Friday, August 05, 2005

Memos from various departments

Department of Isabella
For some time now I have been indexing the books I read, mostly because it makes it easier for me to count, and I derive a great deal of satisfaction from knowing that I'm averaging about 2, or whatever, books a month, and it helps put into perspective the occasional hellish midnight-oil deadline crunchers and the needy and exhausting demands the toddler, the toddler's father, and the cats put on me, reassuring me that yes in fact I do achieve some sort of balance in my life. And because I'm kind of anal that way. So anal that I thought I'd extend that sort of catalogue to the children's books in our life.


I think of these blog sites as lists, handy index-like link repositories, nothing like the "traditional" journal or newsy styles I've come to associate with blogs. But this week for the first time, I wrote something there that I didn't mention here. I expressed an opinion on a book. And that opinion is pretty unimportant, in the grand scheme of things but also to me personally. I don't care. About the book, or about the opinion I have of it. It's just some book I read.

So why mention it at all, anywhere? So I read books I don't talk about here. It's not often that happens, admittedly. Usually a book will have some impact on my life, even if only of the sort that it meant I stayed up late so it made for a grumpy-tired next day or I feel I wasted my time, which makes for a grumpy-angry next day.

What has me bothered is the idea of compartmentalizing. And that I feel the urge to compartmentalize at this point in time. Ironic, that this urge should develop after having read The Golden Notebook, in which the compartmentalizing of events and histories and ideas into different coloured notebooks is shown to be symptomatic of breakdown. It is the golden notebook that unifies, integrates the aspects into the whole, becomes something greater than the sum of its parts. Odd, too, because I've always considered myself a pretty "together" person.

How does one categorize things? At what level of detail? Too specific and you wind up with so many categories as to render them useless. Too general and contents tend to get misfiled and lost, change shape over time.

As for blogging philosophy, I figure it's all me. How could I possibly separate the kid from the books from the walk in the park from remembering that time in that bistro 11 years ago from that news item sticking in my head. (The exception, maybe, is the love, the relationship, discussion of which in anything but the broadest of terms is simply off limits. Because it's none of your business.)

Umm, ya. I have no idea where this train of thought is going.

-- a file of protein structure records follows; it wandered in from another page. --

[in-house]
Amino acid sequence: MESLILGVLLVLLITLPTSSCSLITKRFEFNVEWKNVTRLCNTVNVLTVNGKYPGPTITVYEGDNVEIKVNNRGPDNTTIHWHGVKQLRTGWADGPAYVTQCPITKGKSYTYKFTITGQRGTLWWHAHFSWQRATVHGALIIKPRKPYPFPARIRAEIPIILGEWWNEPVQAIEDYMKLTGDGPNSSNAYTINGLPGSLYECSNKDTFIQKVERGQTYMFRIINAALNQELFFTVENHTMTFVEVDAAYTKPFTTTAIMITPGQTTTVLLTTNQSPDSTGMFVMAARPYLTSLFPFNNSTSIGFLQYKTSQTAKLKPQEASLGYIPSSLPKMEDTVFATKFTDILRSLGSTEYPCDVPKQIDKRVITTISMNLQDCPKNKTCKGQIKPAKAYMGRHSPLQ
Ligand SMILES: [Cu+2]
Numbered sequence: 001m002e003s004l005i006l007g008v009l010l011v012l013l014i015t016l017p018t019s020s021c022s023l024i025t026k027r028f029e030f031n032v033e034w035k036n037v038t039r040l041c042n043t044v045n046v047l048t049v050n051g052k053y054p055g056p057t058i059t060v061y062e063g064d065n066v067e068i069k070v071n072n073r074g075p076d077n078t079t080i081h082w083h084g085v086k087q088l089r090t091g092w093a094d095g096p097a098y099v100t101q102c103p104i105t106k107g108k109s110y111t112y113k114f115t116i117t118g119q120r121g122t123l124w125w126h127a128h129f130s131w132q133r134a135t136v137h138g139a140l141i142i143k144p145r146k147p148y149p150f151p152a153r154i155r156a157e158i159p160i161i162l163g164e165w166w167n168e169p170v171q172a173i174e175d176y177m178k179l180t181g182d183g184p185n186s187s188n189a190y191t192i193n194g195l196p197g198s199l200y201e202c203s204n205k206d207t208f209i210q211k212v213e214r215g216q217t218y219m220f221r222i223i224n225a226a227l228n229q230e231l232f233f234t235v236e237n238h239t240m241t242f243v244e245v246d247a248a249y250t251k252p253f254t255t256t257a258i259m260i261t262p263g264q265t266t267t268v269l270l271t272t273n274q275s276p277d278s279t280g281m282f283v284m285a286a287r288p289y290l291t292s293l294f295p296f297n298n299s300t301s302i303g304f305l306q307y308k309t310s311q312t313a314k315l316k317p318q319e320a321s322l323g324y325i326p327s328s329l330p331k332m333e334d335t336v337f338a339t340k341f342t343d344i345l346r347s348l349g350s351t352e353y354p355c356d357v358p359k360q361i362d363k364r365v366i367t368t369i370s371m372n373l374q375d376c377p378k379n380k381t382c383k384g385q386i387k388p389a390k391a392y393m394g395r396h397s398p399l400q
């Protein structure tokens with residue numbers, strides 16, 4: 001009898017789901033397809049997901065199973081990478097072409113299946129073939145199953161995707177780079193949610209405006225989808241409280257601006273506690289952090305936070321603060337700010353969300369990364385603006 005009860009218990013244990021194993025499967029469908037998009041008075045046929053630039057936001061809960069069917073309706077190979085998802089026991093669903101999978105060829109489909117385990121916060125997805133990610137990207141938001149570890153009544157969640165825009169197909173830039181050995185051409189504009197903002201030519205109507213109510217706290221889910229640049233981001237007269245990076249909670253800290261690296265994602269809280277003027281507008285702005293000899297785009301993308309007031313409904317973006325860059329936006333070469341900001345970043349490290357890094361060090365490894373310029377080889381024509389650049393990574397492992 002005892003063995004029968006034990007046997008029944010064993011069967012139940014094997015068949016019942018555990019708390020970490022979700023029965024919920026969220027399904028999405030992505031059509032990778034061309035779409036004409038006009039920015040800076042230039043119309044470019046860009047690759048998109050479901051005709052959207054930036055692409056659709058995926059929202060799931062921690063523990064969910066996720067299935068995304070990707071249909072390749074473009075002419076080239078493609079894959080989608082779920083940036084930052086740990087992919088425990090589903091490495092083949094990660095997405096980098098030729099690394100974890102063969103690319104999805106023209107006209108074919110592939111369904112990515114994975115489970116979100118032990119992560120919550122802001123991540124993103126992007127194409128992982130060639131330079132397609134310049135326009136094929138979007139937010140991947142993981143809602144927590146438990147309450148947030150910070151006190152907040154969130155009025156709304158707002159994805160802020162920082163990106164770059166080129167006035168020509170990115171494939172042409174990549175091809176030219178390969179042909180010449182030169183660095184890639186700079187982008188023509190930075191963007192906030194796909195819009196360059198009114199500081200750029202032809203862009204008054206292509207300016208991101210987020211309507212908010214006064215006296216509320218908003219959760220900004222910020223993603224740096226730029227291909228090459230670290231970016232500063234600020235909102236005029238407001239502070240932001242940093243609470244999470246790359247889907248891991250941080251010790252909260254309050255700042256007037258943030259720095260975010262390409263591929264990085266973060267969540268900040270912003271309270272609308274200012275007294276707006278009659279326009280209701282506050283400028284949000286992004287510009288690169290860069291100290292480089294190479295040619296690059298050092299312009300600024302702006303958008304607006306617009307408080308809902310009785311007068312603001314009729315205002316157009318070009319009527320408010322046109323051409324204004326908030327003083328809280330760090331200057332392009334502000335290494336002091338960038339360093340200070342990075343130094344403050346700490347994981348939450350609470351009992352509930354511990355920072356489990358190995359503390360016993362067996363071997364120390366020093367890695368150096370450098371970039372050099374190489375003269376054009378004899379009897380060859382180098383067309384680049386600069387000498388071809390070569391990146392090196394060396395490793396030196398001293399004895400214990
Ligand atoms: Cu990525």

I've read a couple books recently that did nothing for me but help pleasantly while away a few hours.

I've been wanting to say how little television I've been watching since we moved. How this home has a great reading spot, and another great reading spot, and another, and the television is not in the middle of everything. But I must give some credit to the fact that summertime TV programming is crap and the other fact that I've been busy working.

And then I must confess that I am compelled to watch Rockstar: INXS, even though the thought of it turns my stomach. The premise, to audition wannabes for an existing, if washed up, rock band would be fine, if it weren't for the fact they're to replace a guy who hanged himself. I just think it's in poor taste. But I watch it anyway.

J-F and I have considered some ways to improve Rockstar: INXS.
1. All contestants must undergo psychiatric analysis to ensure a rockstar mentality.
2. Supply a fresh album title and cover concept.
3. Provide a list of backstage demands (a la cheesburgers with Dom Perignon).
4. A general knowledge and history of rock and roll component.
5. Essay: the greatest rock song ever.
6. Hotel-room-trashing competition.
7. Insult-hurling competition.
8. Drinking games!

"Both the title of upcoming Book the Twelfth in A Series of Unfortunate Events and Mr. Snicket himself have been reported missing, unknown, or both." Official investigation is underway.

Oh, and also, she's back!: "Bridget Jones returns tomorrow, indomitable, wise, yearning, optimistic, poised and just a teeny bit sloshed."

See? That was all pretty disjointed.


GaelicGrl said...

Do you believe in breakdowns?

Not so sure I do.

I compartmentalize to manage stress and it really helps.

Isabella said...

People say they have breakdowns all the time, so who am I to doubt them. The real question is "What is a breakdown?"

Being overwhelmed? paralyzed into inaction? I think it happens, but most people can't afford to not get up in the morning, and so they snap out of it.

In a movie I watched recently, a nervous breakdown is the destruction of a model of perception we had wired into our brain. I think there's something to that idea. Similarly, in The Golden Notebook it might be more accurate to speak of the "breaking apart" of self to explain the disconnect.

Compartmentalizing in itself is not a bad thing, I even think it's necessary — it's when the compartments stop relating to each other, when you lose sight of the big picture that there's a problem of purpose.

GaelicGrl said...

Makes sense. From my understanding, the term "nervous breakdown" is not a clinical term.

I think overwhelmed in the face of tragedy to the point of inaction happens all the time.

I, too, watched a movie about similar. A person witnesses something so shattering to his understanding of his life that he "breaks off" or disassociates.

The question of what is a breakdown becomes for me: is it an inability to function, an actual coping mechanism or something entirely different? The area has intrigued me for a while.